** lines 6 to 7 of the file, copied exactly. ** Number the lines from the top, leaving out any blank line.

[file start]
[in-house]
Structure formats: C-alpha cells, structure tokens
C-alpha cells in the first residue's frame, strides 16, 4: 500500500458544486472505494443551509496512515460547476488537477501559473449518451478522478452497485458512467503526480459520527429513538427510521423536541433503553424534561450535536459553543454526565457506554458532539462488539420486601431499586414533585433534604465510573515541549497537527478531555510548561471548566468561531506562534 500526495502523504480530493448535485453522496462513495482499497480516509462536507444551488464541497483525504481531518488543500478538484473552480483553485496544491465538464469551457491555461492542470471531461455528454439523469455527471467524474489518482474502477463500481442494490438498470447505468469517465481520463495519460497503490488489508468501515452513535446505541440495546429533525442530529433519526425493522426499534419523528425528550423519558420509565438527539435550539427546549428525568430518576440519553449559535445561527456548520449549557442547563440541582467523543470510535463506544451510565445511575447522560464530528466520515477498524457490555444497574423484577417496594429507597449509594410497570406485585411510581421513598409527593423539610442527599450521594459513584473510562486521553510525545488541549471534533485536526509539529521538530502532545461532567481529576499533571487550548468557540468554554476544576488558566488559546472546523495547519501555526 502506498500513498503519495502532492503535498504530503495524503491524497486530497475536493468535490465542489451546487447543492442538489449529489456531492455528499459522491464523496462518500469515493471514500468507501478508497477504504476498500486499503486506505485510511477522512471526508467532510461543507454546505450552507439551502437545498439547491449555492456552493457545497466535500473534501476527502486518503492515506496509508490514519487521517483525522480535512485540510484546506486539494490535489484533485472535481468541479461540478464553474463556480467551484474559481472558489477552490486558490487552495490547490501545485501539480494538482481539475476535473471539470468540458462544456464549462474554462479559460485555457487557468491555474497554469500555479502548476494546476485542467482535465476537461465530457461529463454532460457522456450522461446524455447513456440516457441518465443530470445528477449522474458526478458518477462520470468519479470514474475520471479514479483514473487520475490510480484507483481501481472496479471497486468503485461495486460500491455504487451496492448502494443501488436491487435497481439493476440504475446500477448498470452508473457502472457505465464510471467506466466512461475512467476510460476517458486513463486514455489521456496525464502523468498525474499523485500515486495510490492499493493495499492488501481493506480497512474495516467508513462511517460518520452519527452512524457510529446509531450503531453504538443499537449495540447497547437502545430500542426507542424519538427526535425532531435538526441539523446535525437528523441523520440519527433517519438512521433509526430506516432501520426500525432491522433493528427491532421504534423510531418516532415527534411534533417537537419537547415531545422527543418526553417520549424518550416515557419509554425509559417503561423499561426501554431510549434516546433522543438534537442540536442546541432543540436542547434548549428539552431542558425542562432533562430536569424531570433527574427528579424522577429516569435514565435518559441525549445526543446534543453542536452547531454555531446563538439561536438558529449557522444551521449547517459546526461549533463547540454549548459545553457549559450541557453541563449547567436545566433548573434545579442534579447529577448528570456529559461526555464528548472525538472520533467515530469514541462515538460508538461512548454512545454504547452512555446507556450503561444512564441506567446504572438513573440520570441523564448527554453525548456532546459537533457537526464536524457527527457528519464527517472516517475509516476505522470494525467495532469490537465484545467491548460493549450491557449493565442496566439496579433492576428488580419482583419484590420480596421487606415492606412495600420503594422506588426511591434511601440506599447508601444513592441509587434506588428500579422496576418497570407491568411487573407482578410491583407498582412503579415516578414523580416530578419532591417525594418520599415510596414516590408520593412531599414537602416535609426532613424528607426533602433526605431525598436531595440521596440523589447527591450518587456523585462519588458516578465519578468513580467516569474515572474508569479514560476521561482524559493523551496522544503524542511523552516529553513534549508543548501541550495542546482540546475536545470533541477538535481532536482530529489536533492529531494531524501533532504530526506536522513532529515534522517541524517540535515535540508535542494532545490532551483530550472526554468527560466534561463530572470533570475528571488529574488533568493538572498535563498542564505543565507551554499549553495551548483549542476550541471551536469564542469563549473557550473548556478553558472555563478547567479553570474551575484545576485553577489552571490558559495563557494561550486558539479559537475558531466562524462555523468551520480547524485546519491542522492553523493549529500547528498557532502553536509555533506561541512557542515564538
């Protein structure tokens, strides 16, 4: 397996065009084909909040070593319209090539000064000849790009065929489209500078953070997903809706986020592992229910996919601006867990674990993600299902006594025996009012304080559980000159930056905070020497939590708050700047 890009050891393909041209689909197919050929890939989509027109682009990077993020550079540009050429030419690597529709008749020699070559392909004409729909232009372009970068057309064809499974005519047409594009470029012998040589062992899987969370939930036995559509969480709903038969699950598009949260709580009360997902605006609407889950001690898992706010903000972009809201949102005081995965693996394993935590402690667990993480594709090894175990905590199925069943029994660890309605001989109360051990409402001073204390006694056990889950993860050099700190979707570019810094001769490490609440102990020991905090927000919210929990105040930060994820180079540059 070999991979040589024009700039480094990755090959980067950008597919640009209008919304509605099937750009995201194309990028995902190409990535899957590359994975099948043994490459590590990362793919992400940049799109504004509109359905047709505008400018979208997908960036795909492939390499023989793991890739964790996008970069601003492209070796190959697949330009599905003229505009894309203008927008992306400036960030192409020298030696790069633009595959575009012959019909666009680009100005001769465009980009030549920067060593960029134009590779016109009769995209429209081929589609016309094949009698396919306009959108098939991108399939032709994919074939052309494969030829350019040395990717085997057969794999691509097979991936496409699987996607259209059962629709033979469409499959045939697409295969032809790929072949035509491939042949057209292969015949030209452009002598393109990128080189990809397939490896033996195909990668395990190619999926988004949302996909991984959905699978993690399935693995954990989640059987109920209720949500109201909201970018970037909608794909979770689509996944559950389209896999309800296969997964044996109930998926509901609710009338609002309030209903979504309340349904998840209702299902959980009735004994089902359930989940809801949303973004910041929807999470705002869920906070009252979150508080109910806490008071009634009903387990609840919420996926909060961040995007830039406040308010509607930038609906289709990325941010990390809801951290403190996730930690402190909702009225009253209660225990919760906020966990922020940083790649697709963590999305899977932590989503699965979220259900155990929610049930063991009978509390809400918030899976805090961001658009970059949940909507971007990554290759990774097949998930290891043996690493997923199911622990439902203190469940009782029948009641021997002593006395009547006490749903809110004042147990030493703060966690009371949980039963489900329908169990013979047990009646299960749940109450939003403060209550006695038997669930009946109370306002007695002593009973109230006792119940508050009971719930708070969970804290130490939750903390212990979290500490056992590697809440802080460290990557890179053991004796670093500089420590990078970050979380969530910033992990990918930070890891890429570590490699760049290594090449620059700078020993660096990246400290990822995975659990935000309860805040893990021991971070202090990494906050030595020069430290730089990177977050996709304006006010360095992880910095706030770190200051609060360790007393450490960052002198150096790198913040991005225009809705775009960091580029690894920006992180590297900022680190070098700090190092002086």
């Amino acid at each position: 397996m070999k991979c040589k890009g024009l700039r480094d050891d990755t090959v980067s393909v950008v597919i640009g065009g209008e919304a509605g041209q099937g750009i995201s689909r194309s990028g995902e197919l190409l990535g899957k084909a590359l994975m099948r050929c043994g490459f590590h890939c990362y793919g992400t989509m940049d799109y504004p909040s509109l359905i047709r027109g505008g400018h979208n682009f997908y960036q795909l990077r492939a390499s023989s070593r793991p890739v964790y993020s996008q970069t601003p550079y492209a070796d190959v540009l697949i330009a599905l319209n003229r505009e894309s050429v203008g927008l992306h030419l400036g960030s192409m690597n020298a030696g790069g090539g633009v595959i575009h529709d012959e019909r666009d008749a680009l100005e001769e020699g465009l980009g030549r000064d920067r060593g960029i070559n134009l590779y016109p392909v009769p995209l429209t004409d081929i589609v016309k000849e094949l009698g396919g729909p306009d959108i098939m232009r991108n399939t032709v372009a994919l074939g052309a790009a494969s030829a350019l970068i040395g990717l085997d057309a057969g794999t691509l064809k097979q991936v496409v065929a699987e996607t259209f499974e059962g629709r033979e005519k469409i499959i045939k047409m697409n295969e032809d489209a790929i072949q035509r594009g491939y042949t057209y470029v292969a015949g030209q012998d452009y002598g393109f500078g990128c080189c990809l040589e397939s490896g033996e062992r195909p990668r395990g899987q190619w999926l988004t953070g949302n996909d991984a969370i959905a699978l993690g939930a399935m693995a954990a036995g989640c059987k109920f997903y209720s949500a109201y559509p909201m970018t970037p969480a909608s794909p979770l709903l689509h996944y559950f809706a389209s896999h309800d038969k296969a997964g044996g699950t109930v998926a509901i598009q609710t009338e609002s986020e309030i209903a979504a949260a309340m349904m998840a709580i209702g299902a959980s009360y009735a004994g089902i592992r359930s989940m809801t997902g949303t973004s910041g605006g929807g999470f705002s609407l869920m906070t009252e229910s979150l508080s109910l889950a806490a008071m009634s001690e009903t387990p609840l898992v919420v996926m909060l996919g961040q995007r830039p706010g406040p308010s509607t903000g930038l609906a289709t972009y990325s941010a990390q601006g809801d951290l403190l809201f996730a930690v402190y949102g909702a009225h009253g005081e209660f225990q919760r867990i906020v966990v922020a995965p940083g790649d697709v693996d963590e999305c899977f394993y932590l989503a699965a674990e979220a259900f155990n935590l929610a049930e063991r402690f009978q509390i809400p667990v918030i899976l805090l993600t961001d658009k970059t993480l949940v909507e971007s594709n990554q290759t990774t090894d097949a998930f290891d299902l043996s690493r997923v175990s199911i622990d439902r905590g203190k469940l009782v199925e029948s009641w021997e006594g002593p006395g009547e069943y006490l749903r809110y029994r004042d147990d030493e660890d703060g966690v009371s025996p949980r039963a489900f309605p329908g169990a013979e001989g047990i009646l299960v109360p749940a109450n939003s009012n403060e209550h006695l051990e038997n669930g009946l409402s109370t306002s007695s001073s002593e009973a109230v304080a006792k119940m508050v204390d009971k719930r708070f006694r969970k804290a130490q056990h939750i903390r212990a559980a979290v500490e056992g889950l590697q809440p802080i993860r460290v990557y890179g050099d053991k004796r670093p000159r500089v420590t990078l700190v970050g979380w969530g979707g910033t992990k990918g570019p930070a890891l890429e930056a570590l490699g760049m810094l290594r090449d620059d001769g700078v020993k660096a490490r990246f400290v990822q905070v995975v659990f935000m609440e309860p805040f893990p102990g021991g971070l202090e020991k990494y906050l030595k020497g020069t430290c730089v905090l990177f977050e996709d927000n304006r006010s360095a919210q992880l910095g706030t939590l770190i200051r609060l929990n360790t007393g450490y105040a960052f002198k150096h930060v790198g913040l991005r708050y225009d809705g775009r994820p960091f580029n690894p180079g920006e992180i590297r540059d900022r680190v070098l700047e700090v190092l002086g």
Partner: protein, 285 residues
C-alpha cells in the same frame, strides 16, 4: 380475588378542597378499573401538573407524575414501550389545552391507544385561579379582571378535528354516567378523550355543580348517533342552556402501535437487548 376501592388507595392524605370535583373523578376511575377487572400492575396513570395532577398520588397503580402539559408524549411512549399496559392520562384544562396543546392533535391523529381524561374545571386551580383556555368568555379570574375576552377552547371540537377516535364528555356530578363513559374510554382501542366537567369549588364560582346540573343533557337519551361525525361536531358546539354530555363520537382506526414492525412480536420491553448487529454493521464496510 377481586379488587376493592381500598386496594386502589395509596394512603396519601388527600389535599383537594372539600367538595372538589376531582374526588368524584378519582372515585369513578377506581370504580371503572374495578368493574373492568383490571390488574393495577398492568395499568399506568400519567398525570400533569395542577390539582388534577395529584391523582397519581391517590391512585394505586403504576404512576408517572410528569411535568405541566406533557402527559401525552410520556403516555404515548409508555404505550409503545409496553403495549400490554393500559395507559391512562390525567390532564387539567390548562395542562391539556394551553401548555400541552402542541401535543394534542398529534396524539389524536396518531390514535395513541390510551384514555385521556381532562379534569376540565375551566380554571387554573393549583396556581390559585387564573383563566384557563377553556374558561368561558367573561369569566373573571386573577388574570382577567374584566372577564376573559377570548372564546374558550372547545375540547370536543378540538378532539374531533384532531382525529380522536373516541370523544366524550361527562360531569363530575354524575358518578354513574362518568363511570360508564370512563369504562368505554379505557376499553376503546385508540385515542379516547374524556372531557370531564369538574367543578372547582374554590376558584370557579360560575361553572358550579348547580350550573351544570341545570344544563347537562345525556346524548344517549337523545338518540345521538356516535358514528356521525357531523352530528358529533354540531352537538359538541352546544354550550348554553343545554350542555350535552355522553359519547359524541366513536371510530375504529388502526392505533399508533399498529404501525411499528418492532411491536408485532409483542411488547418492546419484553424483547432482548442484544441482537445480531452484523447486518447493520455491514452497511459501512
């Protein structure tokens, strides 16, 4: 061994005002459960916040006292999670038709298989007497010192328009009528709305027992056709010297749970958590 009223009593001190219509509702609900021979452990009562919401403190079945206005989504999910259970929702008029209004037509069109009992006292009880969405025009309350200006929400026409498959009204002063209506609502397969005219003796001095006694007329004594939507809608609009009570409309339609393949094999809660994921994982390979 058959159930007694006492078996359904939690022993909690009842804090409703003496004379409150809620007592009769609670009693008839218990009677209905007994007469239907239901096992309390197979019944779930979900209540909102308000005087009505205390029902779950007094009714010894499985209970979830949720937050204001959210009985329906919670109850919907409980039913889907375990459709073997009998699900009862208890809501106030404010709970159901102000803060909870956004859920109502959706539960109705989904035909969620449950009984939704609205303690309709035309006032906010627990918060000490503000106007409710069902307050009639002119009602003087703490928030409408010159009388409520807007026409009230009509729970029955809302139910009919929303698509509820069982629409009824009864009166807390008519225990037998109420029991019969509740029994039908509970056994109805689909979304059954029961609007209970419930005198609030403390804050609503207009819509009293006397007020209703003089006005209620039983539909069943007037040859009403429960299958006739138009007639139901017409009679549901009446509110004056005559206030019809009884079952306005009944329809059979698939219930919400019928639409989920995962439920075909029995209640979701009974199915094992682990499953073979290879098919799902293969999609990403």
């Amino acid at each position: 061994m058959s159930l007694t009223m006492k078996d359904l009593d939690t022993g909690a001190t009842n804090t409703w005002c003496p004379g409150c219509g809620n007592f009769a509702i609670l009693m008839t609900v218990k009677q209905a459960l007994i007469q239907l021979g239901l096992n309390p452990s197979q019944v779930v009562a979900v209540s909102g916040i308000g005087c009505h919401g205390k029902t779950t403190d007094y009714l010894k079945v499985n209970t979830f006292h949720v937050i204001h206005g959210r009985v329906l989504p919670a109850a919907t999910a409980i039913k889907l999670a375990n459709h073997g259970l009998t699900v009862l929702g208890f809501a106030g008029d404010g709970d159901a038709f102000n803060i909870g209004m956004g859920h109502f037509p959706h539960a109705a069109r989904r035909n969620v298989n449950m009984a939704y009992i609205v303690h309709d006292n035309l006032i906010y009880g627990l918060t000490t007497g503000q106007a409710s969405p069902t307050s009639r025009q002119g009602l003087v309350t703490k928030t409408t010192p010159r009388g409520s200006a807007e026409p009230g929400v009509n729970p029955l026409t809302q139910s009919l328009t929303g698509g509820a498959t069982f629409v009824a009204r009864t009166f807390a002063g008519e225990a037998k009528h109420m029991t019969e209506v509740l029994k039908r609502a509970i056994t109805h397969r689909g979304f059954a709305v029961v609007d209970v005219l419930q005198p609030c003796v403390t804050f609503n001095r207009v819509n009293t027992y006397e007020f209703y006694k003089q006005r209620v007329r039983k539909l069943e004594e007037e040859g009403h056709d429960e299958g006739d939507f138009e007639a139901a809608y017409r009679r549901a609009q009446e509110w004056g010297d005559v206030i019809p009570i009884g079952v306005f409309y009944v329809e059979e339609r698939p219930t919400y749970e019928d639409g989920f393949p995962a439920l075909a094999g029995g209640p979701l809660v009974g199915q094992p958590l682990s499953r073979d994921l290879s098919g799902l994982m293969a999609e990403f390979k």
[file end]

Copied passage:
Partner: protein, 285 residues
C-alpha cells in the same frame, strides 16, 4: 380475588378542597378499573401538573407524575414501550389545552391507544385561579379582571378535528354516567378523550355543580348517533342552556402501535437487548 376501592388507595392524605370535583373523578376511575377487572400492575396513570395532577398520588397503580402539559408524549411512549399496559392520562384544562396543546392533535391523529381524561374545571386551580383556555368568555379570574375576552377552547371540537377516535364528555356530578363513559374510554382501542366537567369549588364560582346540573343533557337519551361525525361536531358546539354530555363520537382506526414492525412480536420491553448487529454493521464496510 377481586379488587376493592381500598386496594386502589395509596394512603396519601388527600389535599383537594372539600367538595372538589376531582374526588368524584378519582372515585369513578377506581370504580371503572374495578368493574373492568383490571390488574393495577398492568395499568399506568400519567398525570400533569395542577390539582388534577395529584391523582397519581391517590391512585394505586403504576404512576408517572410528569411535568405541566406533557402527559401525552410520556403516555404515548409508555404505550409503545409496553403495549400490554393500559395507559391512562390525567390532564387539567390548562395542562391539556394551553401548555400541552402542541401535543394534542398529534396524539389524536396518531390514535395513541390510551384514555385521556381532562379534569376540565375551566380554571387554573393549583396556581390559585387564573383563566384557563377553556374558561368561558367573561369569566373573571386573577388574570382577567374584566372577564376573559377570548372564546374558550372547545375540547370536543378540538378532539374531533384532531382525529380522536373516541370523544366524550361527562360531569363530575354524575358518578354513574362518568363511570360508564370512563369504562368505554379505557376499553376503546385508540385515542379516547374524556372531557370531564369538574367543578372547582374554590376558584370557579360560575361553572358550579348547580350550573351544570341545570344544563347537562345525556346524548344517549337523545338518540345521538356516535358514528356521525357531523352530528358529533354540531352537538359538541352546544354550550348554553343545554350542555350535552355522553359519547359524541366513536371510530375504529388502526392505533399508533399498529404501525411499528418492532411491536408485532409483542411488547418492546419484553424483547432482548442484544441482537445480531452484523447486518447493520455491514452497511459501512